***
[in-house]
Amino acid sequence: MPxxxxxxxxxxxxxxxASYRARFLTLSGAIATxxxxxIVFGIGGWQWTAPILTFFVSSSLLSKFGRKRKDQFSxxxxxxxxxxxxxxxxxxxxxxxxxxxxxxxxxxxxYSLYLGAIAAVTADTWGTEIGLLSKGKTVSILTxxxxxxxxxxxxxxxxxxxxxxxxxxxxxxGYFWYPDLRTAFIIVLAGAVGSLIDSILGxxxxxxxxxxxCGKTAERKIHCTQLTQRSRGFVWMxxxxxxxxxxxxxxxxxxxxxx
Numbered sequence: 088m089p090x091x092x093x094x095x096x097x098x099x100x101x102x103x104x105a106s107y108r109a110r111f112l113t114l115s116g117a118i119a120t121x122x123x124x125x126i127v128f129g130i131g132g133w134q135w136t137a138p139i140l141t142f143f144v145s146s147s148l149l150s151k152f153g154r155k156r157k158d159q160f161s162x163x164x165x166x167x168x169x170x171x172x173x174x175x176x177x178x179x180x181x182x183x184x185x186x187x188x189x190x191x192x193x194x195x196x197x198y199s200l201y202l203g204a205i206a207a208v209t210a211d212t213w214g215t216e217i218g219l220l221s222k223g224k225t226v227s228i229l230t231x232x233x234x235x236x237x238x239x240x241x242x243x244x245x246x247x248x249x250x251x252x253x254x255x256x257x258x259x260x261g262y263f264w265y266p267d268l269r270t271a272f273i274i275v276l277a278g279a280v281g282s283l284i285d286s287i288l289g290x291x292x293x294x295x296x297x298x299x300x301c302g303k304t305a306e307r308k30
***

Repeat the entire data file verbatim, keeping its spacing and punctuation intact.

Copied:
[in-house]
Amino acid sequence: MPxxxxxxxxxxxxxxxASYRARFLTLSGAIATxxxxxIVFGIGGWQWTAPILTFFVSSSLLSKFGRKRKDQFSxxxxxxxxxxxxxxxxxxxxxxxxxxxxxxxxxxxxYSLYLGAIAAVTADTWGTEIGLLSKGKTVSILTxxxxxxxxxxxxxxxxxxxxxxxxxxxxxxGYFWYPDLRTAFIIVLAGAVGSLIDSILGxxxxxxxxxxxCGKTAERKIHCTQLTQRSRGFVWMxxxxxxxxxxxxxxxxxxxxxx
Numbered sequence: 088m089p090x091x092x093x094x095x096x097x098x099x100x101x102x103x104x105a106s107y108r109a110r111f112l113t114l115s116g117a118i119a120t121x122x123x124x125x126i127v128f129g130i131g132g133w134q135w136t137a138p139i140l141t142f143f144v145s146s147s148l149l150s151k152f153g154r155k156r157k158d159q160f161s162x163x164x165x166x167x168x169x170x171x172x173x174x175x176x177x178x179x180x181x182x183x184x185x186x187x188x189x190x191x192x193x194x195x196x197x198y199s200l201y202l203g204a205i206a207a208v209t210a211d212t213w214g215t216e217i218g219l220l221s222k223g224k225t226v227s228i229l230t231x232x233x234x235x236x237x238x239x240x241x242x243x244x245x246x247x248x249x250x251x252x253x254x255x256x257x258x259x260x261g262y263f264w265y266p267d268l269r270t271a272f273i274i275v276l277a278g279a280v281g282s283l284i285d286s287i288l289g290x291x292x293x294x295x296x297x298x299x300x301c302g303k304t305a306e307r308k30